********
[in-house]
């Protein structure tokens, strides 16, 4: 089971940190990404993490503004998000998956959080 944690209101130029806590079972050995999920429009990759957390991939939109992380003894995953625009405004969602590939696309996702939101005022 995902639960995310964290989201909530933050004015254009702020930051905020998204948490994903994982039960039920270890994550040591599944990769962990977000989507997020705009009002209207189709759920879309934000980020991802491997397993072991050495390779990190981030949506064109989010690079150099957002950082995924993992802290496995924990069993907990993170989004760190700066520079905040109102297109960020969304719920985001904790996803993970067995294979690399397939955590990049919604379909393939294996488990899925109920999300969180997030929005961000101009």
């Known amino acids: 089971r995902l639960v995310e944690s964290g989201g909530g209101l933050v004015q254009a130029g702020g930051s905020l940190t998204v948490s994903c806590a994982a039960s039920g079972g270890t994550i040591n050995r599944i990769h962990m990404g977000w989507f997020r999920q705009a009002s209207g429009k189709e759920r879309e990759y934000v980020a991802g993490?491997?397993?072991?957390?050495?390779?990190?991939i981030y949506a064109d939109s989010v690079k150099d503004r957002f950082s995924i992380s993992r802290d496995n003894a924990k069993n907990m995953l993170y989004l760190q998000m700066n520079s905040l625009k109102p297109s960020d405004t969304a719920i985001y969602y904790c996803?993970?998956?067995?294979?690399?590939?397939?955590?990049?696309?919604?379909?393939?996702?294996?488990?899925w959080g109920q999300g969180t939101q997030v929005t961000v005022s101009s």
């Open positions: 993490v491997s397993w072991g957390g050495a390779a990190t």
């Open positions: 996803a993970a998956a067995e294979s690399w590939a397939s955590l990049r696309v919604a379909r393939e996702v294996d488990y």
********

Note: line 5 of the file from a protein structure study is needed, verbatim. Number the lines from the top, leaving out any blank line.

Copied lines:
């Open positions: 996803a993970a998956a067995e294979s690399w590939a397939s955590l990049r696309v919604a379909r393939e996702v294996d488990y």